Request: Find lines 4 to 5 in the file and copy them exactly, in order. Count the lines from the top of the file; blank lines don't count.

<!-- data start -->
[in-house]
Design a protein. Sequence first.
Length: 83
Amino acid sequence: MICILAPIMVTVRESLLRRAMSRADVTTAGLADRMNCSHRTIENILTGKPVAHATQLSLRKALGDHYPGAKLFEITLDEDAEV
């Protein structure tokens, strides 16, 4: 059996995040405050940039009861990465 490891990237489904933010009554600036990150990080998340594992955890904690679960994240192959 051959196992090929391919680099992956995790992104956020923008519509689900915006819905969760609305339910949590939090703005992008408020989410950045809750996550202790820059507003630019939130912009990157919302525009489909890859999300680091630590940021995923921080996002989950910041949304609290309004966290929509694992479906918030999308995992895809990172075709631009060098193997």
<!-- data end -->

Amino acid sequence: MICILAPIMVTVRESLLRRAMSRADVTTAGLADRMNCSHRTIENILTGKPVAHATQLSLRKALGDHYPGAKLFEITLDEDAEV
């Protein structure tokens, strides 16, 4: 059996995040405050940039009861990465 490891990237489904933010009554600036990150990080998340594992955890904690679960994240192959 051959196992090929391919680099992956995790992104956020923008519509689900915006819905969760609305339910949590939090703005992008408020989410950045809750996550202790820059507003630019939130912009990157919302525009489909890859999300680091630590940021995923921080996002989950910041949304609290309004966290929509694992479906918030999308995992895809990172075709631009060098193997």